Doctoral Candidate, Musicology, University of North Carolina at Chapel Hill  -  Eighteenth-Century Opera and the Construction of National Identity in France, 1875-1918

Martin Renner
Martin Renner  |  Abstract
A cohesive critique of the industrialization of the food system had developed well before Rachel Carson’s Silent Spring. As soon as the industrial food system had become well established by the early decades of the twentieth century, scientists in Europe and North America saw that it had serious drawbacks for human health and the health of the environment. Despite the great diversity in their fields of study and research methods, these individuals realized that science and technology could improve human wellbeing only if industrialization in food production and processing were limited. However, by the 1960s their perspective was marginalized, even as its scientific basis was becoming more comprehensive and detailed.

Doctoral Candidate, History, University of California, Santa Cruz  -  Conservative Nutrition: The Industrial Food Supply and its Critics, 1912-1962

Pablo F. Gómez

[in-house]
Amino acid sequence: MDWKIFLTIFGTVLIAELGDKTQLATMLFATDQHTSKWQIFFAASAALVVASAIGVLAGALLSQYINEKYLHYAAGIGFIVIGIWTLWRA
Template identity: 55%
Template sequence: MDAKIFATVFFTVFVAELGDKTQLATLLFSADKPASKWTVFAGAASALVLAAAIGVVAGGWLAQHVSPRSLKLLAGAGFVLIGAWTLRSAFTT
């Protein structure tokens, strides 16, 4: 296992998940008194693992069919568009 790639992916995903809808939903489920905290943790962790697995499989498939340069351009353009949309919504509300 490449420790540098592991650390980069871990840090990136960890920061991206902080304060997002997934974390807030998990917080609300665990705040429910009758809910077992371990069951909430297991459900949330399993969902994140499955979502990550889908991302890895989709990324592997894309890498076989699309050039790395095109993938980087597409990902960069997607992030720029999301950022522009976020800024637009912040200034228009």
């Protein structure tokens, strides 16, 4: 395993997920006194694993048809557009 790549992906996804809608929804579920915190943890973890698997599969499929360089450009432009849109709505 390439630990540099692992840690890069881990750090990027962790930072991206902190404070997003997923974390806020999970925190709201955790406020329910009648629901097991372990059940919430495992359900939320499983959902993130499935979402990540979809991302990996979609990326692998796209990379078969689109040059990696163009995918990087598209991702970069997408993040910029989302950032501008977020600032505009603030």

Pablo F. Gómez  |  Abstract
This project explores the encounter of African and European health practices and ideas about the body and disease in the early modern Iberian Atlantic world. Through an interdisciplinary approach, it contextualizes and defines local and transatlantic connections between African and European cultures in the Americas. Drawing on material culture and documentary evidence from early modern Africa, Europe, and Spanish America, this project contributes to diverse understudied fields. It breaks ground by bringing to the front African practices and systems of belief as seminal in the emergence of early modern ideas abound body and health, and by challenging prevailing assumptions about the place occupied by Africans and Europeans in processes of cultural interchange in the New World.

Doctoral Candidate, History, Vanderbilt University  -  Bodies of Encounter: African and European Health Practices in the Early Modern Nuevo Reino de Granada

Cole Roskam
Cole Roskam  |  Abstract
This dissertation details the relationship between Shanghai’s political history and its architectural history over the course of its existence as an international treaty port. It focuses on a variety of previously unexamined architectural and planning projects such as municipal waterworks, town halls, consulates, government offices, and civic centers in search of architectural dialogue between each of Shanghai’s three municipalities—the Chinese-controlled city, the International Settlement, and the French Concession. Examining these projects allows for a deeper understanding of how architectural expression helped to both delineate and blur commercial and political boundaries within the city, impacting its urban growth as well as the development of modern Chinese architecture.